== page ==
The Trenna transfusion arrived today and it's virtually a perfect match. With a bit of medical magic, we got Hanabi off the heart-lung machine and she is convalescing comfortably, thanks to the precision science of Dr. Schaefer. We expect a quick, complete recovery and she is being returned to the daily knitting agenda.
On the down side of the Good News, we submitted Hanabi's hospital bill to Blue Cross/Blue Shield and they rejected the claim for $376,298.14. Although Hanabi is on our policy as a dependent, BC/BS won't cover experimental patterns. Fortunately for our financial picture, the hospital took the heart-lung machine in trade for their impeccable services.
Having freed up a bit of space in the garage, we were moving some boxes of blue ketchup around and discovered a miniature nuclear reactor behind the stack of fifth grade arithmetic tests. Roy tinkered with the connections and eventually got the reactor hooked up to the new ball winder. He is now freed up for his secondary job--machining a set of perfect lace needles.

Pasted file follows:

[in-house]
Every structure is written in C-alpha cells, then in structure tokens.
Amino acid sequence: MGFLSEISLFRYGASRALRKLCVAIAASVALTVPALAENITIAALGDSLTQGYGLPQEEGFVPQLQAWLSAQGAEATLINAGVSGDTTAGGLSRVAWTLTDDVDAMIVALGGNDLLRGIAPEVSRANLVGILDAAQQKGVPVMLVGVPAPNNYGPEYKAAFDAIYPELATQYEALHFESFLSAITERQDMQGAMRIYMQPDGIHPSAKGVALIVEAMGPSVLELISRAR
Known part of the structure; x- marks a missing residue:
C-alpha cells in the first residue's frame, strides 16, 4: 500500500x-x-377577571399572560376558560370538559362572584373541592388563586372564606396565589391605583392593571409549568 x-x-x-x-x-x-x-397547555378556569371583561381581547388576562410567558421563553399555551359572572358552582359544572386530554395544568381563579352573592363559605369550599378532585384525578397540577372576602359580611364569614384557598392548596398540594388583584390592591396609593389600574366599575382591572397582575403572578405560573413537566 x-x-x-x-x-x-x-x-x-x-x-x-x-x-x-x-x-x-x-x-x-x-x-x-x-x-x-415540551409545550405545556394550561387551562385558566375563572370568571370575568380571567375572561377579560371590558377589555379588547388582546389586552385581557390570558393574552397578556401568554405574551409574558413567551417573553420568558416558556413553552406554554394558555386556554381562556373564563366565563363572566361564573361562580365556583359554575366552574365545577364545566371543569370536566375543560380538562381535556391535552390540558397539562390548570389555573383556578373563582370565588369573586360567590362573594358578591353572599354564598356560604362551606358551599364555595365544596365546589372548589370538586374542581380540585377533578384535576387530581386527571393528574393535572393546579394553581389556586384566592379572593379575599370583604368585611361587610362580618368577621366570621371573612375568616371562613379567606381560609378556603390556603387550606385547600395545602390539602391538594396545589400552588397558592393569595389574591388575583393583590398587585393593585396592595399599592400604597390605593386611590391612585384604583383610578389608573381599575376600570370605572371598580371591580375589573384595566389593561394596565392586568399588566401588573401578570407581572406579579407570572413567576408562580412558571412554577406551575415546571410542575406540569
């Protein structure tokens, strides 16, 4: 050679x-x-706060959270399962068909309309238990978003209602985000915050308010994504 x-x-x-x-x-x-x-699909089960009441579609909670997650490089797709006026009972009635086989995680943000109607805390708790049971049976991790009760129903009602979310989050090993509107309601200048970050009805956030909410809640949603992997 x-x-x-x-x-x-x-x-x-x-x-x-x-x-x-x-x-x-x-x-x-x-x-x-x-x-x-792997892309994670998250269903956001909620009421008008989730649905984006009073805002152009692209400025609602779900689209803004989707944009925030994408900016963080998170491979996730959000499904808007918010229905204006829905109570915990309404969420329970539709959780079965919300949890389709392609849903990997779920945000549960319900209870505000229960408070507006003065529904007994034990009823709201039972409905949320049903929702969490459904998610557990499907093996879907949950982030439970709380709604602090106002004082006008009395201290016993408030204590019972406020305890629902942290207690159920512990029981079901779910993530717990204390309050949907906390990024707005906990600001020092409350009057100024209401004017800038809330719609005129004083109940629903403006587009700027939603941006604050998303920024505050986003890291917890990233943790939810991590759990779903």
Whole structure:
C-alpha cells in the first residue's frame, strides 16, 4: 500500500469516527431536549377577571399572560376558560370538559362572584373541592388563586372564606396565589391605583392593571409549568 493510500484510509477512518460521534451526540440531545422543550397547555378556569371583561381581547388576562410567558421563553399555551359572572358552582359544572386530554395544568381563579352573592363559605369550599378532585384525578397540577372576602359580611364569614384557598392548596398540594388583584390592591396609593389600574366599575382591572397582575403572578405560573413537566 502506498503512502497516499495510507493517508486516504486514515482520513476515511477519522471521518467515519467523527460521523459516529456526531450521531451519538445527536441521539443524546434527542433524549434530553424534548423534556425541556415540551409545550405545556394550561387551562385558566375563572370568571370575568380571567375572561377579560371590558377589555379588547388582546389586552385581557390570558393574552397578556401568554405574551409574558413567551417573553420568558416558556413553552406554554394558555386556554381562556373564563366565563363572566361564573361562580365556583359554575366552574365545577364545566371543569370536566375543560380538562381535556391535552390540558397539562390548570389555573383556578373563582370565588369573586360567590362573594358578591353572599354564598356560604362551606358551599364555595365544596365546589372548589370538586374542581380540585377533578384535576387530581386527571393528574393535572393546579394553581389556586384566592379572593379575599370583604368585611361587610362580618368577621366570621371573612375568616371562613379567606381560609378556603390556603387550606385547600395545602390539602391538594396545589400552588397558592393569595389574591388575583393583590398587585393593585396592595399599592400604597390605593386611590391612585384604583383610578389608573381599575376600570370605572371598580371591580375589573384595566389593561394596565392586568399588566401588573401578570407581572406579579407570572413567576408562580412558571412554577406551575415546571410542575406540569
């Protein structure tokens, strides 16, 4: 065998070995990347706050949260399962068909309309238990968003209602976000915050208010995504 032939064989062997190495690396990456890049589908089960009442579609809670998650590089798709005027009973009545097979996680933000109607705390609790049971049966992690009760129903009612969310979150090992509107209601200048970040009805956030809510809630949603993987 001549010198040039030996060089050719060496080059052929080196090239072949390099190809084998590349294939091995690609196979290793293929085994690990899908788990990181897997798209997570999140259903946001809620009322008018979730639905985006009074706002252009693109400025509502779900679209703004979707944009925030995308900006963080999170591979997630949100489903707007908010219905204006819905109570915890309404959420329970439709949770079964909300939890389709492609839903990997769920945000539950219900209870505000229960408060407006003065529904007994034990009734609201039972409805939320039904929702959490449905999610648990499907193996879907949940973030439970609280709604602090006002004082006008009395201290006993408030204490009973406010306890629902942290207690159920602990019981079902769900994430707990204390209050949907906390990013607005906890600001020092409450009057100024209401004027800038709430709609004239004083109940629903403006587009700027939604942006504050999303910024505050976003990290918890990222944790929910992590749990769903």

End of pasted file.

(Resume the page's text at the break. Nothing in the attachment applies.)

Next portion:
For those concerned about Lester, rest assured that he is taking a well-deserved break in Cancun and is expected to return in a few weeks to take over the ball-winding chores.
We were delighted to discover that Lester has a degree in nuclear engineering. He is only the second hamster to have passed the intensive course and we are quite proud of him.
I will not present a visual of this disaster, because it's too horrific for publication. While carefully tinking back my International shawl, I uncarefully managed to drop 4 stitches. By the time I noticed the error, the stitches had plunged over 20 rows, thereby completely unknitting the middle of a complex flower. The shawl is hidden from view in an unused drawer. If I ever find the energy, I will frog it back, but don't hold your collective breaths.
I won't present a picture of this either, but if you haven't seen the cover of the Spring, 2008 Knitter's magazine, you are not in for a treat. My eyes watered at the fluorescent pink and green colors, and my fingers started itching at the hairy yarn. I won't even comment on the design, except to say that the yarn and the pattern were made for each other. Roy was more charitable--he remarked that at least someone made an effort to match the model's lipstick to the yarn. The on-line version doesn't begin to reproduce the glare, but I provided a link so you can prepare yourself for the real-life photograph.
Monday, April 14, 2008